New Jersey’s Unequal Aid To Municipalities
As with state aid to schools, municipal aid reduces the amount local government must fund through property taxes. However, both forms of aid vary greatly by municipality, whether viewed in terms of per student or per resident.
As required by law, each Legislative Distinct (LD) has approximately the same number of residents, and yet proposed municipal aid ranges from a low of $23,625,299 in LD-24 to a high of $119,422,814 in LD-29. The proposed average municipal aid per Legislative Distinct is $43,178,397.
Proposed state aid for each municipality and Legislative District can be viewed here and New Jersey population statistics as of December, 2006 can be found here.
The municipal aid figures in the state’s report noted above do not include all forms of state municipal aid - extraordinary aid, special aid, “Christmas Tree” and community development grants, etc.
Extraordinary aid is a budgeted amount “set aside to help towns with unexpected problems such as emergency costs or the loss of a major taxpayer”. Corzine’s budget proposes cutting Extraordinary aid by $18 million, from $43 million to $25 million. Municipalities receiving these funds will be determined later in the year.
Corzine has proposed a $37.3 million increase in Special aid, from $94.7 million to $132 million in the 2008 budget. This special aid will be granted to "distressed” municipalities that will be identified at a later date.
“Christmas tree” grants are not contained in the budget and are added by the state’s legislature “under a largely secretive process”. The governor has the authority to eliminate or approve them when signing the budget legislation. Spending on this form of municipal aid had more than doubled in the past five years, to $378 million last year.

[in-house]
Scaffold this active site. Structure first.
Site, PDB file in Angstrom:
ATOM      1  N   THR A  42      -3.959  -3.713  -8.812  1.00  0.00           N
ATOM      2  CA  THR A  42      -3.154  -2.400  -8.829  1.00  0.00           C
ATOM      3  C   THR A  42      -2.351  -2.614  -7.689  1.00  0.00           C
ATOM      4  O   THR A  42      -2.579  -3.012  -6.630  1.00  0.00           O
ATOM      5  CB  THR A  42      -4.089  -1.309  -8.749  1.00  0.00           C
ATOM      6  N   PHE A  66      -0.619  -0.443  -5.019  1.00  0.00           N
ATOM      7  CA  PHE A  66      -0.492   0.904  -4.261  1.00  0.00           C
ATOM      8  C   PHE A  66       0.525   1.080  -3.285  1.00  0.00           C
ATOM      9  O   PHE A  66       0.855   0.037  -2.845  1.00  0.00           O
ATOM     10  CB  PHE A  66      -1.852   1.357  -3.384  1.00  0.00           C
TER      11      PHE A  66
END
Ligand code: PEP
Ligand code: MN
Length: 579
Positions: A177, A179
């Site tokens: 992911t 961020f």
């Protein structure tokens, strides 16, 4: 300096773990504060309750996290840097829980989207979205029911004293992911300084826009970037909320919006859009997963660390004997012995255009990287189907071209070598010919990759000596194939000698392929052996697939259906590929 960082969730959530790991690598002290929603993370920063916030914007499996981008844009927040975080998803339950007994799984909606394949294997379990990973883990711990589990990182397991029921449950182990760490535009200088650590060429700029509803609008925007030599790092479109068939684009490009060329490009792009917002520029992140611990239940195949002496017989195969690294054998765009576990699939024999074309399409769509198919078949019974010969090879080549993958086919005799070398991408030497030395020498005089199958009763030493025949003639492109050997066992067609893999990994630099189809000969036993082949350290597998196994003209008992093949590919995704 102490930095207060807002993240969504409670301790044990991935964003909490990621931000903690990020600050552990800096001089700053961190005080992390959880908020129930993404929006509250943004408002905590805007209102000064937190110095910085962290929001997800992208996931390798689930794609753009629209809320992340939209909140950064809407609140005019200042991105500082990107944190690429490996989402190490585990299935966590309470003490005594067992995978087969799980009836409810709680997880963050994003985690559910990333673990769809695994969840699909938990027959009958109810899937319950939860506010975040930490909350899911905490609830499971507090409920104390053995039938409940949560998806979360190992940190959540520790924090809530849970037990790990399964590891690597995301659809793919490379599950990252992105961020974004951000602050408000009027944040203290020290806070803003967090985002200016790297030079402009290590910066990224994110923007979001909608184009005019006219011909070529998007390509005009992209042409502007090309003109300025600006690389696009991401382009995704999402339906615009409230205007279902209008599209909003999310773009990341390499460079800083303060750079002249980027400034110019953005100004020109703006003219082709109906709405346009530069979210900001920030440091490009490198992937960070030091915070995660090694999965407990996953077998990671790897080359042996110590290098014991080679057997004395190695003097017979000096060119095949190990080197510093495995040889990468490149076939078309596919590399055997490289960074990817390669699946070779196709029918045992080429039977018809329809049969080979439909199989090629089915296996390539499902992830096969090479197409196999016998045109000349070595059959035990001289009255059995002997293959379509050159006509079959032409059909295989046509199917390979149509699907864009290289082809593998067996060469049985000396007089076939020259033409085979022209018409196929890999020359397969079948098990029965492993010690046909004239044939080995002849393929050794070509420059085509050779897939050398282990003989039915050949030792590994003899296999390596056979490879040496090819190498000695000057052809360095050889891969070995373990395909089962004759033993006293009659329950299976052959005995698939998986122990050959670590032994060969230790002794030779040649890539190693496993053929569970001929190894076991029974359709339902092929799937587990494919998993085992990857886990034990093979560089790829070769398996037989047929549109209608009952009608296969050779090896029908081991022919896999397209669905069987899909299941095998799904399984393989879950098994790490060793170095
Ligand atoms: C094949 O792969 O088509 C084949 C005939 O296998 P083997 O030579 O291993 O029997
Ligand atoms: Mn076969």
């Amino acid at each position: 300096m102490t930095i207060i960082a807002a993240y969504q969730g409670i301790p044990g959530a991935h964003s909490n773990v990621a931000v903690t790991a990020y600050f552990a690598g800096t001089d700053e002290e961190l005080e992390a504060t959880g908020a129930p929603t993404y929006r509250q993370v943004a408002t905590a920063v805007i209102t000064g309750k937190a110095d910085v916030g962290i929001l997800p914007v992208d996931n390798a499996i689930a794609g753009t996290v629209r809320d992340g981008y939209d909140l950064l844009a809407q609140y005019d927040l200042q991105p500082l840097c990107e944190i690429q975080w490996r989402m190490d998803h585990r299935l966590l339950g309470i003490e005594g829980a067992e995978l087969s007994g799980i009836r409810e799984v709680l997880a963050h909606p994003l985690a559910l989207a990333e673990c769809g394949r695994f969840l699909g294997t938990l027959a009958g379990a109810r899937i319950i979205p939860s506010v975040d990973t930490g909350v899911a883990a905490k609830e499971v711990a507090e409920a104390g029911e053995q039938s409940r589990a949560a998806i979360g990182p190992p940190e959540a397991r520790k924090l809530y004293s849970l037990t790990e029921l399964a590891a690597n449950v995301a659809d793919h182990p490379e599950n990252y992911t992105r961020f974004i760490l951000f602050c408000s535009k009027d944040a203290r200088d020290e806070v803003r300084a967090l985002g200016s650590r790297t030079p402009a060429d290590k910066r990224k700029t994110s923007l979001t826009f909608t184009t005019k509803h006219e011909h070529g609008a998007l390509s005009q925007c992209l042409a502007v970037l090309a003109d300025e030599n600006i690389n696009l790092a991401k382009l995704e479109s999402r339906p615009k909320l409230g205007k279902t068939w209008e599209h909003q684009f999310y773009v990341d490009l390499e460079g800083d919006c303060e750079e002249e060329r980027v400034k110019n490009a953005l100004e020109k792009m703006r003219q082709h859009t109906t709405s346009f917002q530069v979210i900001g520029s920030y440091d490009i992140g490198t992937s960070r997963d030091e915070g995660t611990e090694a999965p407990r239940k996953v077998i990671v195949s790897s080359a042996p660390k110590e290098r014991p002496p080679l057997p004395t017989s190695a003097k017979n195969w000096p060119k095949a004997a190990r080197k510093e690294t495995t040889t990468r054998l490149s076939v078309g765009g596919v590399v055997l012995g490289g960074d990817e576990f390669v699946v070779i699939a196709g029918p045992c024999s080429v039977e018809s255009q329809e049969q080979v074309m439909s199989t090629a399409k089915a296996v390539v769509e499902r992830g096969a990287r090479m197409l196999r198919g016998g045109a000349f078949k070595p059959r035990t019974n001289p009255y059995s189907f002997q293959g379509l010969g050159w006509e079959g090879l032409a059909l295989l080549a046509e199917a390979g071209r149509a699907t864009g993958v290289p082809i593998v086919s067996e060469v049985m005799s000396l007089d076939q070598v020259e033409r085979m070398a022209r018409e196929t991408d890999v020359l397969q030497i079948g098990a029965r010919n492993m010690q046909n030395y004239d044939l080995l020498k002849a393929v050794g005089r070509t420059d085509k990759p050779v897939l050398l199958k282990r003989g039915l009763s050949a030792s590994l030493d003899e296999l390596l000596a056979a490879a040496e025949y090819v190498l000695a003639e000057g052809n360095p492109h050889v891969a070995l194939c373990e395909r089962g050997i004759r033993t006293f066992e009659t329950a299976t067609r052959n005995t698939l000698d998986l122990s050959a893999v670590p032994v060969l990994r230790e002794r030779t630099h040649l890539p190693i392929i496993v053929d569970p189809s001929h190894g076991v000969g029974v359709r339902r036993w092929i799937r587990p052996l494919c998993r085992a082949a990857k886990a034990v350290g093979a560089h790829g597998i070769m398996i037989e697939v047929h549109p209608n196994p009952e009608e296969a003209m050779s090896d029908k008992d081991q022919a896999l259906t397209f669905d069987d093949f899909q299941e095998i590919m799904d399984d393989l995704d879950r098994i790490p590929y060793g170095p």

The practice is shrouded in secrecy, and often happens in the early hours of the morning as a constitutional deadline for a balanced budget nears. Lawmakers offer no public reasons or justifications for the extra money.Given the ongoing criminal investigation surrounding the awarding of “Christmas Tree” grants, there’s a high probability that this form of municipal aid will be greatly reduced in the next fiscal year.
Legislators seeking these grants must pass through the governor's office to seek support from the person who must ultimately approve the budget.
"Christmas trees this year will go from the Christmas tree in Rockefeller Center to the Peanuts' Christmas tree," Senate President Dick Codey said. The proposed $33.3 billion budget should be more than enough to keep those special interest stockings stuffed.